“Where can I watch that?” That’s a question asked by many people that hear of a pretty cool anime, but don’t know how to watch it. Most of the time, it’s not through legal means. The simple fact of the matter is that it’s impossible to watch most anime legally. Everyone I know watches most of their anime through a certain website, which will not be named. This website provides 99.9% of every anime I want to watch. For the downside of a couple of annoying, but easily closable ads, you can watch just about anything you want, in HD quality, for free. There’s something wrong about that.
As Gabe Newell, CEO of Valve, once said “The easiest way to stop piracy is not by putting antipiracy technology to work. It’s by giving those people a service that’s better than what they’re receiving from the pirates”. The antipiracy measures put in by these Japanese producers don’t do a whole lot. It only goes as far as automatically removing a direct upload of an episode rip on YouTube. By changing the speed slightly or adding a border around the video, the bot doesn’t catch it. Of course, the video and audio quality is drastically worse, so not a lot of people watch anime via YouTube. You can literally go to Google, search for “watch anime free”, and and you get tons of sites that allow you to watch anime, in HD, for absolutely free. The so-called “alternatives” don’t provide a much better service when compared to the illegal methods.
Okay, let’s look at Crunchyroll, the most popular legal anime streaming site. It has a lot of entries compared to other sites, but is still lacking compared to just how many anime are out there. It’s not that the site doesn’t have some obscure series, it doesn’t have a lot of popular anime, like Neon Genesis Evangelion, Clannad, The Melancholy of Haruhi Suzumiya, etc. There is the option to look on other sites, like Netflix, Amazon Prime, Funimation, and Daisuki, but it doesn’t solve the fundamental problem: there’s no way to watch these series online. I add the “online” part because the option to buy the entire DVD set still exists, but is totally impractical if you’re not willing to spend a lot of money. Here’s an example: the “Neon Genesis Evangelion: Perfect Collection” DVD set (keep in mind that this isn’t a Blu-ray release), costs $189.99 on Amazon. Meanwhile, Game of Thrones Seasons 1-5 Blu-ray release (without Amazon Prime) costs $161.98. Did I mention that the Eva box set price was that of a used item? The new price is $229.99, and it’s actually at an all time low!
So sometimes, you can’t watch something legally without coughing up a lot of dough, so most people resort to pirating for the sake of convenience and sanity. That makes sense. Gabriel “Fluffy” Iglesias is an American comedian of Mexican ancestry. He made a video on his YouTube channel promoting his new movie a few years ago. Unfortunately, the video is now private (I’m pretty sure this is the URL). In the video, he stated that he knew a lot of people can’t watch the movie legally because his production company didn’t release the movie worldwide, and he actually promotes piracy in this case. This is the only “evidence” I can provide. I do remember watching the video before it was private, and I will vouch that he actually said that. This brings up a valid point, and explains why some people pirate: region lock.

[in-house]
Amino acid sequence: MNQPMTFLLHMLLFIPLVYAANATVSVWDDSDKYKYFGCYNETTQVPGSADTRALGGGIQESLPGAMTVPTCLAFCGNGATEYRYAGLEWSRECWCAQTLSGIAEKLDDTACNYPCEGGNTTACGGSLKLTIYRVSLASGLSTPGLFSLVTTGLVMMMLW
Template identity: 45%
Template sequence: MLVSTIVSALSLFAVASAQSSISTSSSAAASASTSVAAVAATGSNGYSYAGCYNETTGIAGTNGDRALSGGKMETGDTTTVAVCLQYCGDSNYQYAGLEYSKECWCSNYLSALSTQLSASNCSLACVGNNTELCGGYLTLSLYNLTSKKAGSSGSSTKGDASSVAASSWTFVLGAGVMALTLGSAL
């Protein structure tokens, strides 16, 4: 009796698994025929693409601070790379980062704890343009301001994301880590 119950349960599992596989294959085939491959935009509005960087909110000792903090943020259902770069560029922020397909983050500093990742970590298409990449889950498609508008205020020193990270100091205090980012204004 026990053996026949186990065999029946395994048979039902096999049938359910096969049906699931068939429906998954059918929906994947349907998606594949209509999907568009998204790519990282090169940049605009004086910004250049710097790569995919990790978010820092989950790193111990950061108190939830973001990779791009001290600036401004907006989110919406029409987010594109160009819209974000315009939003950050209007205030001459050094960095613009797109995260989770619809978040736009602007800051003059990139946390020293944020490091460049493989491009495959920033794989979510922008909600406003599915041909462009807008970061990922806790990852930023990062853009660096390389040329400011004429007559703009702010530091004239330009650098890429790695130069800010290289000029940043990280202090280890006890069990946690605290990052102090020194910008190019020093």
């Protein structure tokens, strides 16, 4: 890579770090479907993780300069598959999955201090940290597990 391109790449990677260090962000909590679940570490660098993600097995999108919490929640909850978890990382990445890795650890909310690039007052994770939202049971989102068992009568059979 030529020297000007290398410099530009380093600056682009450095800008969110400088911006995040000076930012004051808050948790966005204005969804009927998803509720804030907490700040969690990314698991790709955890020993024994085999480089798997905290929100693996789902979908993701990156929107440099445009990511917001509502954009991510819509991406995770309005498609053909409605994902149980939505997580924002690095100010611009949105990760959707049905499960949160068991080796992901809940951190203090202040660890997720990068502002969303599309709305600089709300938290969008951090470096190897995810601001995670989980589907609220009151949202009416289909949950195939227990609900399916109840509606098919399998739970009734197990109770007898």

As you may know, anime producers usually don’t promote their stuff anywhere outside of Japan. Combined with the fact that Japan keeps going through economic recessions, and you have anime that barely sell. A YouTuber by the name of The Anime Man, who has lived a good portion of his life in Japan, uploaded a video last year explaining how the anime industry is dying because of piracy. As he points out in the video, anime production companies keep bumping up the prices for anime DVDs because no one is buying them in the first place, which in turn causes more people to steer away from buying those DVDs. Combined with the almost non-existent promotion or distribution outside of Japan, and what you have is an industry that is barely able to keep itself afloat.
Now comes the big question: “What can I do about it?”. As The Anime Man said, if you have the money, try to buy any anime-related merchandise. Try to support the anime creators as much as possible. One of Crunchyroll’s selling points is that part of the money that you put into a premium account goes towards the anime producers in Japan. Funimation buys the rights to upload a lot of anime, and you can even buy DVDs that go on sale constantly. Of course, this poses a problem. A lot people actually cannot buy stuff like this, be it because of student loans, being unemployed, or anything that’s beyond their control, and that poses a bit of a moral issue. In situations like that, is piracy still morally wrong? I’ll let you guys decide on that.
The anime industry is greatly suffering because of piracy, and many fans simply aren’t aware of the damage they’re causing when using illegal streaming sites. Of course, there isn’t that much that can currently be done about it without having a lot of money ready to spend. Simply put: be aware of what you’re doing. If you can, try to help out the industry as much as you can. If you can’t put forth as much as you want, that’s perfectly fine. Being aware and spreading the message will hopefully do something useful. Let’s give something back to the anime industry. Let’s show them that we are truly passionate about what we love.